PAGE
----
Main goals of treatment are rapid reduction of thyroid hormone synthesis and peripheral deiodization, aggressive management of multiorgan dysfunction and elimination of the initial etiology. Glucocorticoids (1-2mg dexamethasone every 6 hours or 100mg hydrocortisone every 8 hours) inhibit the conversion of T4 to T3 and help maturation of the fetal lungs. Thionamides are the antithyroid agents of choice; propylthiuracil (PTU) (200-400mg every 6 hours), methimazole (20-25mg every 6 hours) and carbimazole, which is metabolized to methimazole may be administered orally, by nasogastric tube or rectally [4]. PTU blocks the peripheral conversion of T4 to T3, reducing the levels of active thyroid hormones, but with the side effects of liver failure and death, whereas methimazole administation during pregnancy has been related to teratogenesis [5]. Therefore, which antithyroid agent should be used in thyroid storm has not yet been clarified. Iodine (4-10 drops of Lugol or saturated solution of potassium iodine every 6-8 hours or 1000mg sodium iodine in 250ml normal saline, intravenously twice a day) may be administered supplementary to reduce the release of thyroid hormones from the gland, but only one hour after the PTU; otherwise, it will be used for further hormone synthesis. Propranolole (40-80mg every 6-8 hours orally or 0.5-1mg intravenously in 10min) inhibits peripheral hormone conversion, as well, and can be administered supplementary to thionamides. Prompt delivery is not recommended during thyroid storm, unless indicated [4]. Nevertheless, fetal monitoring and neonatal thyroid status monitoring after exposure to high doses of maternal thionamides is essential and may prevent thyroid dysfunction, as long as thionamides cross the placenta.

Myxedema coma

Myxedema coma or crisis is a rare clinical condition characterized by severe hypothyroidism with multiorgan complications. Myxedema is also used to describe dermatologic changes due to mucopolysaccharides deposition in the dermis, resulting in the swelling of the affected area. The term “coma” is misleading, because the patient is not actually in coma, but suffers from severe hypothyroidism in combination with confusion, memory loss, irritability, arrhythmia, multiorgan failure, headache, nausea and hypotension [6].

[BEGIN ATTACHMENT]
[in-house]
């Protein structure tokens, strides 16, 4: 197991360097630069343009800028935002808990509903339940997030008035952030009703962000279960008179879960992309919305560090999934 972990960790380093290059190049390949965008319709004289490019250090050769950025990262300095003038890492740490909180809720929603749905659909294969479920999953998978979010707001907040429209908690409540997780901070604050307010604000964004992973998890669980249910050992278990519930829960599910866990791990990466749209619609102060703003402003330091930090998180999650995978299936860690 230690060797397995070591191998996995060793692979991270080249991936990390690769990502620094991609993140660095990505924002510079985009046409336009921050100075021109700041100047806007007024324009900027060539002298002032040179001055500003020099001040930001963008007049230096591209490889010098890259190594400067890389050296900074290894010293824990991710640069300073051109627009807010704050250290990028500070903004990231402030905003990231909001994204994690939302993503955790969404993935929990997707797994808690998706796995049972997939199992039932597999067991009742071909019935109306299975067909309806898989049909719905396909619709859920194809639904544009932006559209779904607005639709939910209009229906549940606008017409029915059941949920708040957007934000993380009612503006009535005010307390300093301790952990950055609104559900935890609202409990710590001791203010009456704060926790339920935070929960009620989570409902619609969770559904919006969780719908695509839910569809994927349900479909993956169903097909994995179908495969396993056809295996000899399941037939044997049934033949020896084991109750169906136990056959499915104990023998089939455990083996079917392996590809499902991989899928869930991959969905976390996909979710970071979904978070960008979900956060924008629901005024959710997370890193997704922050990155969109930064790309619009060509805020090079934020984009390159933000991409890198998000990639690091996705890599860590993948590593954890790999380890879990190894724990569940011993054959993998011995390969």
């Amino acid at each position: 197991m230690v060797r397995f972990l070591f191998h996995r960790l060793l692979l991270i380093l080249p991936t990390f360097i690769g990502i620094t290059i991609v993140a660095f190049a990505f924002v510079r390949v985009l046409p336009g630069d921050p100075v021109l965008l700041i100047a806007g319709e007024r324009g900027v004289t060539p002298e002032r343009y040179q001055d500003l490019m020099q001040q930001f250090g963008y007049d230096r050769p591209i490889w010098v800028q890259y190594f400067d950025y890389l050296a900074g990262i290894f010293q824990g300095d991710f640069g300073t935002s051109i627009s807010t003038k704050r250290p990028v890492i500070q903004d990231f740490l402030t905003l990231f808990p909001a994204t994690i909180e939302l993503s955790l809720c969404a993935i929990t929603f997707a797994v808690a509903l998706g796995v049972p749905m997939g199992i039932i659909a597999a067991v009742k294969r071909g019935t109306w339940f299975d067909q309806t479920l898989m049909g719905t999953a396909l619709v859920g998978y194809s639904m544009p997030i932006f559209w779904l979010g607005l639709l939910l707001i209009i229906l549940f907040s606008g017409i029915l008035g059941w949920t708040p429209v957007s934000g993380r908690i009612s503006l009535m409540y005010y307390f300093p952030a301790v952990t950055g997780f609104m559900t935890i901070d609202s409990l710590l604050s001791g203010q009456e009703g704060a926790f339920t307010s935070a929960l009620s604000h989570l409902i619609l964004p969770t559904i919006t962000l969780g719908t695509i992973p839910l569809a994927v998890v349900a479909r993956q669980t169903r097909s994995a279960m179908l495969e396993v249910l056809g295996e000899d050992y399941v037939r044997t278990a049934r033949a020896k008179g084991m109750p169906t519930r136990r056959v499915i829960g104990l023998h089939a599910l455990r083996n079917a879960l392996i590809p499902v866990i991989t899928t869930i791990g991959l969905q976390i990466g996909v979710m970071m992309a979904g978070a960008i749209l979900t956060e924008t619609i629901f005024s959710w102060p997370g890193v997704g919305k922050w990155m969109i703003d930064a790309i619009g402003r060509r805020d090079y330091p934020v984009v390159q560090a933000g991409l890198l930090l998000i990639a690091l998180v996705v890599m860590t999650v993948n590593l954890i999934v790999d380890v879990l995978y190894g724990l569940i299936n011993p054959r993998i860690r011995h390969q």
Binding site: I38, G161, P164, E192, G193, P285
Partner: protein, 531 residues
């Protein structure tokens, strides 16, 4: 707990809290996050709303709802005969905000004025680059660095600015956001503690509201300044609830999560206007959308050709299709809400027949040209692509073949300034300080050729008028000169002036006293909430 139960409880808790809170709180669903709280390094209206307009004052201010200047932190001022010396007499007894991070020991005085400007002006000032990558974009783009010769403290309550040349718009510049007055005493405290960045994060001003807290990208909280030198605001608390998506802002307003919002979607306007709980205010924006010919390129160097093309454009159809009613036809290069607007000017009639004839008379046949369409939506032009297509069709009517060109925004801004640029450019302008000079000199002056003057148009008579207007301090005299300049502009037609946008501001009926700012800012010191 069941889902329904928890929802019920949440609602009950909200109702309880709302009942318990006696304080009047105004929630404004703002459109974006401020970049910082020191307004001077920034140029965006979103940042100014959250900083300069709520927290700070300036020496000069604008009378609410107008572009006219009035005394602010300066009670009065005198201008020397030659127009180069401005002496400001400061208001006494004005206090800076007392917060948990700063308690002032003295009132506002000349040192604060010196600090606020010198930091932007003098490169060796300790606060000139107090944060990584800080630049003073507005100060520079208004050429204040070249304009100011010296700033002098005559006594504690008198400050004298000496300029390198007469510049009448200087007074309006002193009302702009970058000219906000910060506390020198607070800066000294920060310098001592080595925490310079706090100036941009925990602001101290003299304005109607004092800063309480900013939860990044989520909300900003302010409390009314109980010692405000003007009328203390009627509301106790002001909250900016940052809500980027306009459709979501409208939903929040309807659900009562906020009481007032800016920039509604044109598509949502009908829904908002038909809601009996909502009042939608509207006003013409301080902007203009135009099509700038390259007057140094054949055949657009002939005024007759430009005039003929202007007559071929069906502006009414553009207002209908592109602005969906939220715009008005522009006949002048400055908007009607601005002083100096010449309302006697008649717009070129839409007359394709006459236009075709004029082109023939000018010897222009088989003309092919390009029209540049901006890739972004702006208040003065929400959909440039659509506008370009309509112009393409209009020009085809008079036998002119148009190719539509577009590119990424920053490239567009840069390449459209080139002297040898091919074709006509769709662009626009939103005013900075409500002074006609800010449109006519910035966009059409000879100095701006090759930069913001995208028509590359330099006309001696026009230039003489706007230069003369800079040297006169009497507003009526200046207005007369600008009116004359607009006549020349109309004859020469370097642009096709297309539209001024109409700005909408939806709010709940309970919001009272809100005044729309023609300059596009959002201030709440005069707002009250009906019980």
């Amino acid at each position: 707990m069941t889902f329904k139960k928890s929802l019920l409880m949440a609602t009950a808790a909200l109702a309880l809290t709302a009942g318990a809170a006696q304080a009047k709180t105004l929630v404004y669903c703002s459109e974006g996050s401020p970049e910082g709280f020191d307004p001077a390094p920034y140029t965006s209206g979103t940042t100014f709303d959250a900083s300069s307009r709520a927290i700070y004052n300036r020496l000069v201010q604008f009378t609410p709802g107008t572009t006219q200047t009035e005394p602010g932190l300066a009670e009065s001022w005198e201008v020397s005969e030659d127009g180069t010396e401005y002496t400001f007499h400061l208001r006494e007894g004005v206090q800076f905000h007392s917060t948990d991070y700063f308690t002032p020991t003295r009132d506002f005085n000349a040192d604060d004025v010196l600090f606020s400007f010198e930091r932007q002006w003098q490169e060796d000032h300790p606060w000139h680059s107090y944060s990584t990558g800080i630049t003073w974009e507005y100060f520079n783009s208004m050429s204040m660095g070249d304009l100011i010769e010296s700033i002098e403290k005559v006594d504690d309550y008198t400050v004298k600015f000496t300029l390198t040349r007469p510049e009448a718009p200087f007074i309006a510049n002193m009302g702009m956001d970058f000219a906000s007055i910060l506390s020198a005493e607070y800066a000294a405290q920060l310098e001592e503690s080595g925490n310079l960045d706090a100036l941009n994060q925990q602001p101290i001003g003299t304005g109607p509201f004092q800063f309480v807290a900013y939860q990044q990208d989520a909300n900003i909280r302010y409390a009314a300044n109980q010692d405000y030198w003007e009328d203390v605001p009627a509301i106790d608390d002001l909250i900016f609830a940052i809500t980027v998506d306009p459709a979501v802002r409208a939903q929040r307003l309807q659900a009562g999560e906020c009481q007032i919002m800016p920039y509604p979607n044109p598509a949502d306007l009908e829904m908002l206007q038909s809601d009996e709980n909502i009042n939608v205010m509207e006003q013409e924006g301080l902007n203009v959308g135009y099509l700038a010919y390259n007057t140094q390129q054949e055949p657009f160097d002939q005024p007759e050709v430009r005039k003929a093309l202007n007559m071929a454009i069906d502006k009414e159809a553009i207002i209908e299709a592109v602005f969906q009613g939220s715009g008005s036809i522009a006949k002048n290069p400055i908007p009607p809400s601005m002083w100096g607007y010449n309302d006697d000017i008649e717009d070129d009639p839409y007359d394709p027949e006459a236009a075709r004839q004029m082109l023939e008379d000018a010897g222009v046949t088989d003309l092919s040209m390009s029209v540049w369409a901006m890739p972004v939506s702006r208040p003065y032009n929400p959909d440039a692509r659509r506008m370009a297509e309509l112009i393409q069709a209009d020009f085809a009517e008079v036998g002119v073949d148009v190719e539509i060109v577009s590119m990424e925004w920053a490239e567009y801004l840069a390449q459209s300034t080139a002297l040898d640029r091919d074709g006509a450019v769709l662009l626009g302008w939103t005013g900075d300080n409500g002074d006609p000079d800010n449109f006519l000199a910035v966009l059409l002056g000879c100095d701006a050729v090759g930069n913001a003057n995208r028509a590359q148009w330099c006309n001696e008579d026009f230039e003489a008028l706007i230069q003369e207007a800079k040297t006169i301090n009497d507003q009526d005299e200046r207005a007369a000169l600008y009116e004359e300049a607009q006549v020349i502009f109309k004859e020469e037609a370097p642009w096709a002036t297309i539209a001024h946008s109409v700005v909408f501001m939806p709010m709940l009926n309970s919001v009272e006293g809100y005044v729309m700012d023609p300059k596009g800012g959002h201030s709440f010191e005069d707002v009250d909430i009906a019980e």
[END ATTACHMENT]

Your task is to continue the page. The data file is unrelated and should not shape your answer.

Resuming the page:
Diagnosis may be difficult, due to lack of specific signs and symptoms and to the rarity of this clinical condition. Usual signs are excess fatigue, weight increase and sleep disturbances. Suspicion of myxedema coma can be raised by the history of hypothyroidism, such as thyroiditis Hashimoto, of the pregnant woman. Untreated or inadequately treated hypothyroidism may lead to myxedema coma. Laboratory findings include highly increased circulating TSH and very low T3 and T4 levels. Treatment of myxedema coma includes corticosteroid administration, followed by supplementation of thyroid hormones with levothyroxine (200-250mg daily) intravenous or orally.

Diabetic ketoacidosis

Diabetic ketoacidosis (DKA) is a life-threatening complication of diabetes mellitus (DM). Most commonly, pregnant women with DM type 1 and women with DM of first onset are prone to present DKA, whereas it can be seen in women with DM type 2 or gestational diabetes as well. The incidence of DKA is 2-3% with 10-20% risk of fetal death [7], despite the improvement in maternal-fetal care. Pregnant women present increased risk of DKA than non-pregnant diabetic women [8]. Predisposing factors include hunger, dehydration, and reduced calorie intake, respiratory alkalosis of pregnancy, stress, increased insulin agonists production (placental lactogen, prolactin, and cortisol), infection and non-compliance to insulin therapy.

The etiology of DKA during pregnancy and labor includes overproduction of glucose and ketones from the liver and free fatty acids from the fatty tissue, due to imbalance between glucagon and insulin [9]. In fact, catecholamines, glucagon, cortisol and growth hormone are increased 700-800%, 400-500%, 400-500% and 200-300%, respectively. Hyperglycemia is the result of increased liver glucose production and eliminated usage by muscle cells. Similarly, glucagon increases ketone bodies production from fatty acids and insulin cannot adequately lead them to catabolism. Increased fatty acids production from fatty tissue promotes fatty acid oxidation and the overproduction of ketone bodies, which are β-hydroxybutyric acid, acetoacetic and acetone. The latter is slowly excreted by the lungs, giving a special odor in breath, like a rotten fruit, called “acetone” breath. Increased concentrations of ketone bodies in the circulation might lead to metabolic acidosis and to Kussmaul breathing, a deep and labored breathing pattern, whereas hyperglycemia, ketoacidosis and ketonuria lead to increased osmolarity of blood and osmotic diuresis, with excessive loss of water (7-10L). The mechanism by which maternal ketoacidosis endangers the fetus is not yet clarified.